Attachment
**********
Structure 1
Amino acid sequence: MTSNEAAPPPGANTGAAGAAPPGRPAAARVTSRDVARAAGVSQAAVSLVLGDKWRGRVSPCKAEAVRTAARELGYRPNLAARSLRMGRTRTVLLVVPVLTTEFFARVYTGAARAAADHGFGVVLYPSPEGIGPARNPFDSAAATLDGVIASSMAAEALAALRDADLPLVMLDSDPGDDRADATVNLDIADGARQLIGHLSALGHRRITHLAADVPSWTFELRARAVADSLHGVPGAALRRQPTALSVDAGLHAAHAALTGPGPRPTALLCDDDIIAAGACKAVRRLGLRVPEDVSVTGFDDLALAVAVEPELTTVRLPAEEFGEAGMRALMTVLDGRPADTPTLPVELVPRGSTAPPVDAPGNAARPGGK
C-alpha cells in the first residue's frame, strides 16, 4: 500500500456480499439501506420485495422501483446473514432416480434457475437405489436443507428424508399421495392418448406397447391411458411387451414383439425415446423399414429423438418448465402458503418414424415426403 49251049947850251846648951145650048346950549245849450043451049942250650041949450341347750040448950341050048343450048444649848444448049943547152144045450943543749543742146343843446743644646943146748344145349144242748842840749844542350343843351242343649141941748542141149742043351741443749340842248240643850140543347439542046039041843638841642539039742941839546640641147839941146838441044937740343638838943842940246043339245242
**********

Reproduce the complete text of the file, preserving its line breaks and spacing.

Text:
Structure 1
Amino acid sequence: MTSNEAAPPPGANTGAAGAAPPGRPAAARVTSRDVARAAGVSQAAVSLVLGDKWRGRVSPCKAEAVRTAARELGYRPNLAARSLRMGRTRTVLLVVPVLTTEFFARVYTGAARAAADHGFGVVLYPSPEGIGPARNPFDSAAATLDGVIASSMAAEALAALRDADLPLVMLDSDPGDDRADATVNLDIADGARQLIGHLSALGHRRITHLAADVPSWTFELRARAVADSLHGVPGAALRRQPTALSVDAGLHAAHAALTGPGPRPTALLCDDDIIAAGACKAVRRLGLRVPEDVSVTGFDDLALAVAVEPELTTVRLPAEEFGEAGMRALMTVLDGRPADTPTLPVELVPRGSTAPPVDAPGNAARPGGK
C-alpha cells in the first residue's frame, strides 16, 4: 500500500456480499439501506420485495422501483446473514432416480434457475437405489436443507428424508399421495392418448406397447391411458411387451414383439425415446423399414429423438418448465402458503418414424415426403 49251049947850251846648951145650048346950549245849450043451049942250650041949450341347750040448950341050048343450048444649848444448049943547152144045450943543749543742146343843446743644646943146748344145349144242748842840749844542350343843351242343649141941748542141149742043351741443749340842248240643850140543347439542046039041843638841642539039742941839546640641147839941146838441044937740343638838943842940246043339245242